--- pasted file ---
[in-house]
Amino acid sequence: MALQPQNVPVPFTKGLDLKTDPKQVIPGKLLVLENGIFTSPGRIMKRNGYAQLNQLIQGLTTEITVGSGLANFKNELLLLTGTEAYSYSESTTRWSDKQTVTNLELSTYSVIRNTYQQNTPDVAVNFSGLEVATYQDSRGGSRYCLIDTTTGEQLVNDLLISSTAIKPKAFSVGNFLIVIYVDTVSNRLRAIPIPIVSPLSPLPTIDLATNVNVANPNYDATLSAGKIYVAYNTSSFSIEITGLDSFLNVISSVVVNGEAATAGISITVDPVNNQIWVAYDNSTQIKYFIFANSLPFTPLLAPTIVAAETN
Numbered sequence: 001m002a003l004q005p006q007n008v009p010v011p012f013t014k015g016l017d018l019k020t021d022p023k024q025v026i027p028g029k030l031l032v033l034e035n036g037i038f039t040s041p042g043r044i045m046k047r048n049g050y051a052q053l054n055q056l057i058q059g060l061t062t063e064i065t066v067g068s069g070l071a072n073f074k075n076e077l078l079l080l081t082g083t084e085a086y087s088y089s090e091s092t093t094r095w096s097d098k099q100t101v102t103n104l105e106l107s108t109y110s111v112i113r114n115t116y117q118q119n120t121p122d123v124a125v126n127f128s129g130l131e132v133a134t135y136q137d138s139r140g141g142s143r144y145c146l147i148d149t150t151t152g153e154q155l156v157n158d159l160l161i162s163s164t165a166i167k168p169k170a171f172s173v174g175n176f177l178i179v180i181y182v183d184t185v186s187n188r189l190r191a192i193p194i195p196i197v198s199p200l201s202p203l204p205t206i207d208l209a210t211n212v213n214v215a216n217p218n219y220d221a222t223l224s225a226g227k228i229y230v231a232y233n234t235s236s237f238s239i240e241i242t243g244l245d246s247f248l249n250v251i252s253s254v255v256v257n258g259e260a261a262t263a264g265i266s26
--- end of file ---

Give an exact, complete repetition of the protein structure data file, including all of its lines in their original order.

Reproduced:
[in-house]
Amino acid sequence: MALQPQNVPVPFTKGLDLKTDPKQVIPGKLLVLENGIFTSPGRIMKRNGYAQLNQLIQGLTTEITVGSGLANFKNELLLLTGTEAYSYSESTTRWSDKQTVTNLELSTYSVIRNTYQQNTPDVAVNFSGLEVATYQDSRGGSRYCLIDTTTGEQLVNDLLISSTAIKPKAFSVGNFLIVIYVDTVSNRLRAIPIPIVSPLSPLPTIDLATNVNVANPNYDATLSAGKIYVAYNTSSFSIEITGLDSFLNVISSVVVNGEAATAGISITVDPVNNQIWVAYDNSTQIKYFIFANSLPFTPLLAPTIVAAETN
Numbered sequence: 001m002a003l004q005p006q007n008v009p010v011p012f013t014k015g016l017d018l019k020t021d022p023k024q025v026i027p028g029k030l031l032v033l034e035n036g037i038f039t040s041p042g043r044i045m046k047r048n049g050y051a052q053l054n055q056l057i058q059g060l061t062t063e064i065t066v067g068s069g070l071a072n073f074k075n076e077l078l079l080l081t082g083t084e085a086y087s088y089s090e091s092t093t094r095w096s097d098k099q100t101v102t103n104l105e106l107s108t109y110s111v112i113r114n115t116y117q118q119n120t121p122d123v124a125v126n127f128s129g130l131e132v133a134t135y136q137d138s139r140g141g142s143r144y145c146l147i148d149t150t151t152g153e154q155l156v157n158d159l160l161i162s163s164t165a166i167k168p169k170a171f172s173v174g175n176f177l178i179v180i181y182v183d184t185v186s187n188r189l190r191a192i193p194i195p196i197v198s199p200l201s202p203l204p205t206i207d208l209a210t211n212v213n214v215a216n217p218n219y220d221a222t223l224s225a226g227k228i229y230v231a232y233n234t235s236s237f238s239i240e241i242t243g244l245d246s247f248l249n250v251i252s253s254v255v256v257n258g259e260a261a262t263a264g265i266s26